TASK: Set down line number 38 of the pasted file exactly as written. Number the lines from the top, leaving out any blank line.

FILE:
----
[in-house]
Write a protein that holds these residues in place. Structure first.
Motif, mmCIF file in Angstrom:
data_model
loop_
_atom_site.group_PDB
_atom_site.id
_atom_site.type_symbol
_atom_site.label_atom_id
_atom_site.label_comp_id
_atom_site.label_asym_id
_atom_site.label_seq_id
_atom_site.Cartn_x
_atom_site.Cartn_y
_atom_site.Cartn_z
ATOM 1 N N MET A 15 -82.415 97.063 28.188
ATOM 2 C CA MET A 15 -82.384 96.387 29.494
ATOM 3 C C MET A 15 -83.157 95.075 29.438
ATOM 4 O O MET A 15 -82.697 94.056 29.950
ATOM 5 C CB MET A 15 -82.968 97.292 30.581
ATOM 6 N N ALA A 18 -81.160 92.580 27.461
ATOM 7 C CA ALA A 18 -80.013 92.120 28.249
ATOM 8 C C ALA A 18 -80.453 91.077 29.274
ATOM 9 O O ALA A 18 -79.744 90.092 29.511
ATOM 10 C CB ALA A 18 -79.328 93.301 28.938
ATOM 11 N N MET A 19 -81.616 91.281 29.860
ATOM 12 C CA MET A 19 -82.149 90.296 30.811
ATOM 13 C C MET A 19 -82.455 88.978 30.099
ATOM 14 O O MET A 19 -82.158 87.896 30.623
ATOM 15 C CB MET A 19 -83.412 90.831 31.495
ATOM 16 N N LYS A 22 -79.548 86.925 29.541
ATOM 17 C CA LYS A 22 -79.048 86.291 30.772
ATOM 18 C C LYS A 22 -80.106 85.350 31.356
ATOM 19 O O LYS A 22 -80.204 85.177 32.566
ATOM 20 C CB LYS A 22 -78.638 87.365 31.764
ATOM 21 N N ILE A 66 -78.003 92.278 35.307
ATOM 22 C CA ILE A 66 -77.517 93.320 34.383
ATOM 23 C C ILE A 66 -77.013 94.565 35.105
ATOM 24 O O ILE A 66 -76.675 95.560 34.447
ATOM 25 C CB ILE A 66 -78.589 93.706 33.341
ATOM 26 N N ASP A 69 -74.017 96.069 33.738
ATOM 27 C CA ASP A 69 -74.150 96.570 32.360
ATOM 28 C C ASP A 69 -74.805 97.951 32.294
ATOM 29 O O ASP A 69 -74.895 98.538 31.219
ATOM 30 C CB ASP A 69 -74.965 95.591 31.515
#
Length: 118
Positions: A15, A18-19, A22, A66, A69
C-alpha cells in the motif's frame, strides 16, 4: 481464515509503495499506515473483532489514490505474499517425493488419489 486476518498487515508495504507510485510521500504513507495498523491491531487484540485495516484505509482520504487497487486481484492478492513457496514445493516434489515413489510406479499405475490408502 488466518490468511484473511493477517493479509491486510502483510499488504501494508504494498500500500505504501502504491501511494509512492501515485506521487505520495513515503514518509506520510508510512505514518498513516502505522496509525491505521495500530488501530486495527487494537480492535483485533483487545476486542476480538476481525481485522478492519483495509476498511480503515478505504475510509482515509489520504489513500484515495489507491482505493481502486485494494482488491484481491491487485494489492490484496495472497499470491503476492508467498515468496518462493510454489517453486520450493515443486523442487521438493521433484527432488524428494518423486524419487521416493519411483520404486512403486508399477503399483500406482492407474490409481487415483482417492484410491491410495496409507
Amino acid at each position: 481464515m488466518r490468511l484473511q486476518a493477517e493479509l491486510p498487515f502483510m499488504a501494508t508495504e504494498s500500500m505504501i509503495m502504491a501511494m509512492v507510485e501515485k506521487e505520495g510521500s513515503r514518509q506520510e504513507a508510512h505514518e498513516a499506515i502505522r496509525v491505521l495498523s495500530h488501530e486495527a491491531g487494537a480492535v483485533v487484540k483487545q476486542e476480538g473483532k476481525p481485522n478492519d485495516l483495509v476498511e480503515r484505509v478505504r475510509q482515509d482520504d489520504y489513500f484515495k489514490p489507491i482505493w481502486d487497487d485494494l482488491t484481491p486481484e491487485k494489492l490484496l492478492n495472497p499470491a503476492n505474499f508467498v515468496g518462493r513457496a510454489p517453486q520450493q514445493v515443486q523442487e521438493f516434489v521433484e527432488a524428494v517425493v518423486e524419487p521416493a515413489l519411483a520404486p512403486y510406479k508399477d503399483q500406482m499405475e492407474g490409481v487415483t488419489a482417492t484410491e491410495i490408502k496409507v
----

ATOM 23 C C ILE A 66 -77.013 94.565 35.105